In response to claims that he should utilise Callum Hudson-Odoi more frequently, Maurizio Sarri told reporters “I’m not the coach of the fans.” It was a statement of autonomy, power and superiority.
It suggested he would take a wider view than that of supporters in the running of the club. The manager must make tough decisions, weighing options both short and long term for the betterment of the team.
It’s an admirable approach but one that does not always necessarily pay dividends. It is akin to the ‘you must stick by your new manager’ mantra that hung around the necks of Manchester United supporters in the aftermath of Sir Alex Ferguson’s retirement.
There is a sense that Ole Gunnar Solskjaer at Manchester United is not merely a coach for the fans, but also a coach for the long term.
Since his arrival, he has made populist decisions. He has liberated Paul Pogba, put trust in Marcus Rashford and gave Mason Greenwood his debut. These have been moves for which the fans have been clamouring. Solskjaer even sold Fellaini — a difference maker in games (a phrase which could be interpreted in a number of ways) — an intensely popular move with the fans.
And yet, on the back of three defeats in four, Solskjaer is now facing accusations of lacking a Plan B.
Perhaps Fellaini should never be the Plan B at a team of Manchester United’s calibre, but Solskjaer could have utilised the big Belgian on occasion, especially when Manchester United were experiencing a midfield injury crisis around the time of the Liverpool game.
United have been roundly outclassed against Arsenal and Wolves (twice) in the past four games. Even Watford, the losing team at Old Trafford last weekend, would have reason to be disappointed with the final score in their 2-1 defeat.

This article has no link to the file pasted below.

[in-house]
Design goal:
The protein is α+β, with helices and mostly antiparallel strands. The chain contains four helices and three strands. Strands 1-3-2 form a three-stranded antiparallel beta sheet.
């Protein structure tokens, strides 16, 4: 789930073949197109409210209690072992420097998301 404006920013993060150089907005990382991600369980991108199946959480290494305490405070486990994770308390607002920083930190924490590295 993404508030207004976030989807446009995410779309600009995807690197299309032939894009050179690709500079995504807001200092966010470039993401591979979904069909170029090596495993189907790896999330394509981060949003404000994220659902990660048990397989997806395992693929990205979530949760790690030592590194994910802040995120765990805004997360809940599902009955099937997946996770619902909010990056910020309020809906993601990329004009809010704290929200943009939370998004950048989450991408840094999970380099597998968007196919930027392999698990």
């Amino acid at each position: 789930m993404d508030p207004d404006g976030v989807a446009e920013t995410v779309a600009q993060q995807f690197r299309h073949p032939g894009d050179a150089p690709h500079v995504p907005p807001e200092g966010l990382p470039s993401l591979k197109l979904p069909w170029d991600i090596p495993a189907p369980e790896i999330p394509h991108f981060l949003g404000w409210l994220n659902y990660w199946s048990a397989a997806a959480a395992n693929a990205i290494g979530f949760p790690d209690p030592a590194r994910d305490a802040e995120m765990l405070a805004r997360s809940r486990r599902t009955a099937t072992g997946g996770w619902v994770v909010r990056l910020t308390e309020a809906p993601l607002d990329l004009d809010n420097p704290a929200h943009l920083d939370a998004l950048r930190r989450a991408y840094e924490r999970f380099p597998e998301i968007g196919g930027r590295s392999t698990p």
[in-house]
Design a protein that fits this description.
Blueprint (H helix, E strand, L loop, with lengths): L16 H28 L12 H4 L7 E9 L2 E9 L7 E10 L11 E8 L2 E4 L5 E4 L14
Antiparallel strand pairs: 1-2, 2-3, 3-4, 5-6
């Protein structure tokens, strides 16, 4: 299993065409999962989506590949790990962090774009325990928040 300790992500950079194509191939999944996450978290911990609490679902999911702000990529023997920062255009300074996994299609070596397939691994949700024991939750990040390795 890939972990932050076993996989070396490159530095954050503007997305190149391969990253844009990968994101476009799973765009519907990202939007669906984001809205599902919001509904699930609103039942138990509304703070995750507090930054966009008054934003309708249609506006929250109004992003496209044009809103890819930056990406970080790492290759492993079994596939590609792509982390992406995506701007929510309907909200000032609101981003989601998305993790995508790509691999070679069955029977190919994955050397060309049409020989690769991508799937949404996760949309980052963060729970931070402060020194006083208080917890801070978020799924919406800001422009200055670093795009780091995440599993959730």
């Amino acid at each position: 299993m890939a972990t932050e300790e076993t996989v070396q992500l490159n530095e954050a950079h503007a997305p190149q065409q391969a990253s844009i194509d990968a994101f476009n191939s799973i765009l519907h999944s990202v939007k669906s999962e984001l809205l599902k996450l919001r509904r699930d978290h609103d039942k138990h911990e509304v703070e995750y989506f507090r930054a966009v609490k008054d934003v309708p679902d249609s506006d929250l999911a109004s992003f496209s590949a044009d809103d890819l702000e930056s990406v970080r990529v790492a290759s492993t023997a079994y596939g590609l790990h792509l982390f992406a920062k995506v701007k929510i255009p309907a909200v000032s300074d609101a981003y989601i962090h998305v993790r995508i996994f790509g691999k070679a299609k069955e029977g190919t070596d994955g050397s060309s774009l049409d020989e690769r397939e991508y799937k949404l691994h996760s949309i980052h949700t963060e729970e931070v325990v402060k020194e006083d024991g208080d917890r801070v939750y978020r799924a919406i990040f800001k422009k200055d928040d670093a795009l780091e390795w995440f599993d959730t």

This is not the time to re-evaluate Solskjaer or wonder whether Ed Woodward jumped the gun in appointing Solskjaer so soon. He was the right man to appoint, even if the timing was peculiar over the international window.
The real measure of a manager is never during their initial ‘new manager bounce,’ but rather how they handle adversity when it first appears.
Solskjaer is now facing that adversity with the winds of fan support strong in his sails.
How Ole Gunnar responds to his current adversity will be the true measure of his impact as a manager and the likelihood of his long term success at United.
It’s a surprising thing to say, but supporters rarely wholly trust the intelligence and integrity of their managers.
Ole Gunnar Solskjaer has the rare benefit of knowing that supporters thoroughly trust his desire to make Manchester United a force in English football again in both the long and short term.
The supporters know that Ole loves the club and trust that he will do everything in his power to make them great again. Unlike with Sarri at Chelsea, the motives and intentions of Solskjaer will never be questioned as supporters know his devotion to the club.
As he now handles United’s current slump, Solskjaer can possibly look to another former Champions League winner for inspiration in how to handle early adversity at your dream club.
Pep Guardiola famously waited three matches for his first win as manager of FC Barcelona in 2008. Having brought a new playing style to the Camp Nou, Barca lost to Numancia away and then failed to beat Racing Santander at the Camp Nou a fortnight later.
The Catalan press were already uncertain of their new manager, who himself was having a crisis of confidence. He was then visited by Xavi, then a stalwart of the Barcelona team, who assured his new manager that things would come right.
Ole Gunnar Solskjaer needs a similar moment, and a similar bolt of confidence to guarantee to himself and those around him that Manchester United can rediscover their form of two months ago, harness the spirit of Paris and produce a barnstorming finish to the remainder of the Premier League season.